NZ – Highest paid Beneficiaries exposed – Row continues over double-dipping ministers

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Row continues over double-dipping ministers

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Bill English

Wed, 05 Aug 2009 10:08a.m.

Double-dipping by ministers who rent their Wellington apartments to backbench MPs is the latest twist in the expenses saga that is ripping through Parliament.

Also Deputy Prime Minister and Finance Minister Bill English remains in the spotlight after a report today saying his Wellington home was designated an official ministerial residence by Internal Affairs.

The Crown is leasing the house back from the English family trust that owns it.

On the renting issue some MPs are getting market rates on Wellington properties they own while claiming allowances to live in different properties.

So far Housing Minister Phil Heatley and Defence Minister Wayne Mapp have been confirmed as renting their apartments to backbenchers.

Police Minister Judith Collins yesterday told reporters she also rented her Wellington apartment but would not say to whom.

Labour leader Phil Goff also rents out his flat in the capital and lives in a taxpayer-funded home.

Mr Heatley is taking most of the criticism because he is in charge of the country’s state houses where poor people live.

His salary is around $250,000 and TV One News calculated his additional “taxpayer subsidy” at about $77,000 a year.

TV3 News reported Mr Heatley owns two houses in Whangarei and rents one of them to the Parliamentary Service as his office, netting another $15,000 a year.

The ministers aren’t breaking any rules but Prime Minister John Key has ordered a review.

Speaker Lockwood Smith told The Dominion Post he would introduce checks to ensure out-of-town MPs claiming for Wellington residences owned by family trusts or superannuation schemes were charging market rates.

“Where there’s any question of a pecuniary interest, it would seem to me that an independent valuation on the market rental of the place would be reasonable.”

Mr English, whose circumstances sparked the media investigations into ministerial housing, is still being questioned by reporters.

Mr English claims about $1000 a week to live in his own home in Wellington. It is owned by a family trust and the title is in the name of his wife, Mary.

The New Zealand Herald reported today the lease back arrangement has enabled Mr English to get more than the $24,000 he would otherwise have been limited to — likely to be over $47,000 this year. The value of the lease was based on an independent valuation.

The previous practice of Internal Affairs was to limit out-of-town ministers living in their own Wellington properties to the $24,000 maximum of an ordinary MP.

A day after the May 28 Budget, a new rule on ministerial housing was gazetted stipulating that an out-of-town minister who did not take up an official residence was effectively limited to $24,000.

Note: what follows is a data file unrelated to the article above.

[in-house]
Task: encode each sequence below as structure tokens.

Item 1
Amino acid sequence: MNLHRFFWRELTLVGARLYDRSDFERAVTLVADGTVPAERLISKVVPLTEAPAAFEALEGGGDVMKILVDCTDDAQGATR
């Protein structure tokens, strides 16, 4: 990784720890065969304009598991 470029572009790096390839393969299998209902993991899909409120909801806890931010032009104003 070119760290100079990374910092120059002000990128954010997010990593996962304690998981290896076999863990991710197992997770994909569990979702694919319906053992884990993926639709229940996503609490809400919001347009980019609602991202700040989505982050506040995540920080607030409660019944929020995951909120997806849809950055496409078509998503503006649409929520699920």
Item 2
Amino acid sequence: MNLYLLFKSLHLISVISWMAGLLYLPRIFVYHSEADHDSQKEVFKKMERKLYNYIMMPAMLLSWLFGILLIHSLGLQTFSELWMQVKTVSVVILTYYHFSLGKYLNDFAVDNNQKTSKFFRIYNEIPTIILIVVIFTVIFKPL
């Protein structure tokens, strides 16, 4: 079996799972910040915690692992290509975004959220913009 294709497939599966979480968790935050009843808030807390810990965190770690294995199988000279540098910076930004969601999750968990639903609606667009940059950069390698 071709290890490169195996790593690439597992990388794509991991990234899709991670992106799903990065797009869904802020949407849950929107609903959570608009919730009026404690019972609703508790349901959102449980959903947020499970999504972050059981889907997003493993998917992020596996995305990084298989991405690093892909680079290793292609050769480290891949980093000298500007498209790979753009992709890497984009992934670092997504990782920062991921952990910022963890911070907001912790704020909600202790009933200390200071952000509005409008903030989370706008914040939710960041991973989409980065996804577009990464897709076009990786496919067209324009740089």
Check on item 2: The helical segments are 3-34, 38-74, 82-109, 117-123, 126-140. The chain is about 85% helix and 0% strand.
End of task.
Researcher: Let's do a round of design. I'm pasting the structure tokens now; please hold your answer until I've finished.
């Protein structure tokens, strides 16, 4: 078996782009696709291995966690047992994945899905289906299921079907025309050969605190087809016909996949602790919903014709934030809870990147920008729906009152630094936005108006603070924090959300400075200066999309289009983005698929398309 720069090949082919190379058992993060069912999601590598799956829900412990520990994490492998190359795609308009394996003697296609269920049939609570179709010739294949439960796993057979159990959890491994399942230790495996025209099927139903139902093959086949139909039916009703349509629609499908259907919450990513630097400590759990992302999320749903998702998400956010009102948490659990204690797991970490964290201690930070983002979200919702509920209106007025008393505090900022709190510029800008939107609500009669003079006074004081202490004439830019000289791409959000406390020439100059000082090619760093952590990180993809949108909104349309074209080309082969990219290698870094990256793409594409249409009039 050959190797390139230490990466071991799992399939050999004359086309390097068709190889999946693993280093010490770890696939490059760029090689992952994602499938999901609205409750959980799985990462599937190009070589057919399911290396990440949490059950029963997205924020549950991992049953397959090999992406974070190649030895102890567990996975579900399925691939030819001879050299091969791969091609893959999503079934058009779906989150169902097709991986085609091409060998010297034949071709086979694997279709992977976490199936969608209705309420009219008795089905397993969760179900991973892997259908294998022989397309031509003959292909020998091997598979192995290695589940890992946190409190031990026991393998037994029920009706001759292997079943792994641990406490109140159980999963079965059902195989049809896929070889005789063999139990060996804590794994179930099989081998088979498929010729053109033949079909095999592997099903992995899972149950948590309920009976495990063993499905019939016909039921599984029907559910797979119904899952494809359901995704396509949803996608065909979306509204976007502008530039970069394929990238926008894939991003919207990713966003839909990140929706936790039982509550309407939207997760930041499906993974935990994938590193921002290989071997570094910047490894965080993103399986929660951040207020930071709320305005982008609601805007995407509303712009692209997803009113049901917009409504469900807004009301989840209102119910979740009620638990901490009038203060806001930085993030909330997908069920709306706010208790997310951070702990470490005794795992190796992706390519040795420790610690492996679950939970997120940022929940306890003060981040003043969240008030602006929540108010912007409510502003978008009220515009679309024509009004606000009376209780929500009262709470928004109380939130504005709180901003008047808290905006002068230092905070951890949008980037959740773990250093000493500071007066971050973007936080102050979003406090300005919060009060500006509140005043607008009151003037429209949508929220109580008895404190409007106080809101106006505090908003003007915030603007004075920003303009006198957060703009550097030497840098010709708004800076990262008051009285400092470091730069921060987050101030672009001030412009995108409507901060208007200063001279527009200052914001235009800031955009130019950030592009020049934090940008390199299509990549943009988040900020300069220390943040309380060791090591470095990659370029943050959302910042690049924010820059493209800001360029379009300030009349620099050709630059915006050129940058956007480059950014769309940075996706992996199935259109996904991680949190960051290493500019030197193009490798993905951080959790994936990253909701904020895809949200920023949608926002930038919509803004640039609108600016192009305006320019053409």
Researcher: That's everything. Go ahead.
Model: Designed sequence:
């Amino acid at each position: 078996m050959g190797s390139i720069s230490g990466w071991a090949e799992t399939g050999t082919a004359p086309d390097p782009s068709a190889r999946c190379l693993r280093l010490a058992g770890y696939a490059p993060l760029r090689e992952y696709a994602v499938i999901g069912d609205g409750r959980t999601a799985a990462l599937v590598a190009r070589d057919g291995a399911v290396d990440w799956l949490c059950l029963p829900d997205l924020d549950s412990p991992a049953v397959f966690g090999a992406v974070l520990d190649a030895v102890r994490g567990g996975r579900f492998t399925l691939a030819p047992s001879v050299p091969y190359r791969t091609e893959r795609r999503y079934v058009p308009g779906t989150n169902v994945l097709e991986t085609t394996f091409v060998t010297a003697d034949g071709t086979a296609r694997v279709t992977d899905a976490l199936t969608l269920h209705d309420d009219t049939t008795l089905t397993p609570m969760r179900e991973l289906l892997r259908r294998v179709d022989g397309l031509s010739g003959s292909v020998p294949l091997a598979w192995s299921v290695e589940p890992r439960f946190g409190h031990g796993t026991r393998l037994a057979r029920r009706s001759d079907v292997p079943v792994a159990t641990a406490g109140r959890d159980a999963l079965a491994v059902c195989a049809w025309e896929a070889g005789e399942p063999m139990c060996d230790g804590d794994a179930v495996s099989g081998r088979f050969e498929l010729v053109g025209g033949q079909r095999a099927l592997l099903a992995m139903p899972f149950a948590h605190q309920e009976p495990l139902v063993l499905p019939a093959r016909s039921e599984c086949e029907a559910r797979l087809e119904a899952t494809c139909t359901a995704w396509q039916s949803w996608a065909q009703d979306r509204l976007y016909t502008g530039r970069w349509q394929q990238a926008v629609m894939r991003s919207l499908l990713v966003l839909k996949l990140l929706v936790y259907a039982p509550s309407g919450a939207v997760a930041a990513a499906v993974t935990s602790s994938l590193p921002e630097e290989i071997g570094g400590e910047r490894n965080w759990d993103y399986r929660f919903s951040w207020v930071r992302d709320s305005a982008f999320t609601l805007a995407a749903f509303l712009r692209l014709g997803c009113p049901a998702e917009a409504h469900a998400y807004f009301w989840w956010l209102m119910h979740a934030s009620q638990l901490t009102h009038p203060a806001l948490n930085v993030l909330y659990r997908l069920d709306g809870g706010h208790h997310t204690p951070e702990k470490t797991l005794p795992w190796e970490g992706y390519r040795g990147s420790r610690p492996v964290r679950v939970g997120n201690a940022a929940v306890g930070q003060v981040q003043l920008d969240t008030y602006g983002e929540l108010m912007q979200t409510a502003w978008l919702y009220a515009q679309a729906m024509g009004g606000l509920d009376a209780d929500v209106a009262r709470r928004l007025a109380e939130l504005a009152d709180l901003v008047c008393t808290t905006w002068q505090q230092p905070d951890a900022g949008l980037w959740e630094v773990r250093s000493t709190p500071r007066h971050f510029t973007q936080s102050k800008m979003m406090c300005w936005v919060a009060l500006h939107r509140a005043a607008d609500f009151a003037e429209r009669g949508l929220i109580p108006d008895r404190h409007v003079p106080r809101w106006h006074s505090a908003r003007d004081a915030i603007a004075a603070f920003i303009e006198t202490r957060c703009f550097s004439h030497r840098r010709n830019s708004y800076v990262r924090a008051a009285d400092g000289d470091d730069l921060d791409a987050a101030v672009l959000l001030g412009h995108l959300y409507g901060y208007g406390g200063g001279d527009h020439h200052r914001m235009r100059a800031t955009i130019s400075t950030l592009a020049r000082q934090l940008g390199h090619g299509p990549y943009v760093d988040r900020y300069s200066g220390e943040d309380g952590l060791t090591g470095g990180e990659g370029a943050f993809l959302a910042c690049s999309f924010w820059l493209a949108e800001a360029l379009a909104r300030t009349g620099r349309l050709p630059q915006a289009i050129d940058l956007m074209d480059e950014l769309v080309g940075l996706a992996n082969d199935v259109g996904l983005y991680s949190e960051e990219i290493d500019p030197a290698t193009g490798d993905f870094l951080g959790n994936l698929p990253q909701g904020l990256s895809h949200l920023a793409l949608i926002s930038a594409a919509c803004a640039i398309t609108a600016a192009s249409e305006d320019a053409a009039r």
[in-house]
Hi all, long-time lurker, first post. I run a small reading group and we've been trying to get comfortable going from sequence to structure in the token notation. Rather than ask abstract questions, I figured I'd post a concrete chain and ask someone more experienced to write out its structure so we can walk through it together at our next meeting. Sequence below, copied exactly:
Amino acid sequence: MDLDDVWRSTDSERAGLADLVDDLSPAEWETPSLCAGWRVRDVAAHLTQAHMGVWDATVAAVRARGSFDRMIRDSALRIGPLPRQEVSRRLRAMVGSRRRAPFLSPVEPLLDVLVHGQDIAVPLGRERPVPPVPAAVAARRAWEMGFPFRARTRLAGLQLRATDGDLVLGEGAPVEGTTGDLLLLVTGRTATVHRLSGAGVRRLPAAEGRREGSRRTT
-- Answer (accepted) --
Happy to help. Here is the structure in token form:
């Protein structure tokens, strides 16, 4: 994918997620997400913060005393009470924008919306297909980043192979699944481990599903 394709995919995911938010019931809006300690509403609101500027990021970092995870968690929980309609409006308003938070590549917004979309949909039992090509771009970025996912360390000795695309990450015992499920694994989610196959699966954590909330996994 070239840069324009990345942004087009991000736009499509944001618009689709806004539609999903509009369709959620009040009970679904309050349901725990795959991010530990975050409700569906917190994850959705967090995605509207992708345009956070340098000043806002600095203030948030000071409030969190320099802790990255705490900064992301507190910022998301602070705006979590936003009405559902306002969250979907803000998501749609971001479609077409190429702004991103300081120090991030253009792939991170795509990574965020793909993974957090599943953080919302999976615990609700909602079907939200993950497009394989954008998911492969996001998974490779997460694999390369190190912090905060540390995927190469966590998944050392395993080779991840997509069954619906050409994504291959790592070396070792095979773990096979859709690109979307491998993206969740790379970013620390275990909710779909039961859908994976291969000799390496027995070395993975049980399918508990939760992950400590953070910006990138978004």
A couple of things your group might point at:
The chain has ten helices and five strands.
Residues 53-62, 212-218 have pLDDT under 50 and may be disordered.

Mr English’s spokesman told the newspaper that because the house had already been designated an official residence, the new rule did not apply to him.

The house in Karori was bought by an English family trust in 2007 and the rating valuation is $1.2 million.

Mr English, MP for Clutha Southland, and his wife Mary, a Wellington GP, have lived there for two years with their six children and have lived in Wellington for many years.

The Dominion Post reported that it had been told Mr Key is likely to reduce the accommodation allowances.

Mr Key favoured a series of new tests for ministers’ costs, which could be paid as a bulk-funded amount, the paper reported.

Ministers who stayed in their Wellington homes would get the $24,000 limit available to ordinary MPs.

A second tier of about $30,000 would be available to ministers who moved into bigger houses, or took one leased by the taxpayer, but rented any existing Wellington accommodation they owned and so received an offsetting income.

A top rate of $35,000 a year would be available to ministers who took a house through Ministerial Services but had no offsetting income from another property they rented out.

NZPA

 

Comments [5]

Jim Bailey – JimBWarrior

05 Aug 2009 12:29p.m.

New Zealand’s highest paid Beneficiary’s continue to be exposed for their skulduggery while demanding the lowest put their meagre cents to better use – Onward – Jim

Elizabeth

05 Aug 2009 12:24p.m.

Oh, let us hope we all remember this at election time…….that goes for all parties. All candidates should be asked what benefits they reaped, if they are already in parliament.

Dan

05 Aug 2009 11:52a.m.

Richard: You miss the point. The rent is being paid by the taxpayer as well; the minister already has a home in Wellington, but is creaming it so the taxpayer can pay off his mortgage on top of his salary. It’s disgusting and makes a mockery of National’s so-called economic frugality.

Richard

05 Aug 2009 10:59a.m.

Wow, the media are crap on this story. First if a minister rents his house out he is going to get an income from it. He can rent it privately or to another minister. The minister who rents it is going to have to find a property to rent anyway. But alas, it is a slow news week so the media, or should I say, typically tv3, are trying to create a story.

Phil

05 Aug 2009 10:51a.m.

“Noblesse oblige”. (pronounced: no-bless obleegyz). Term used to imply that with wealth, power and prestige come responsibilities. Often used derisively, in the sense of condescending or hypocritical social responsibility.

Our politicians would do well to heed this term.

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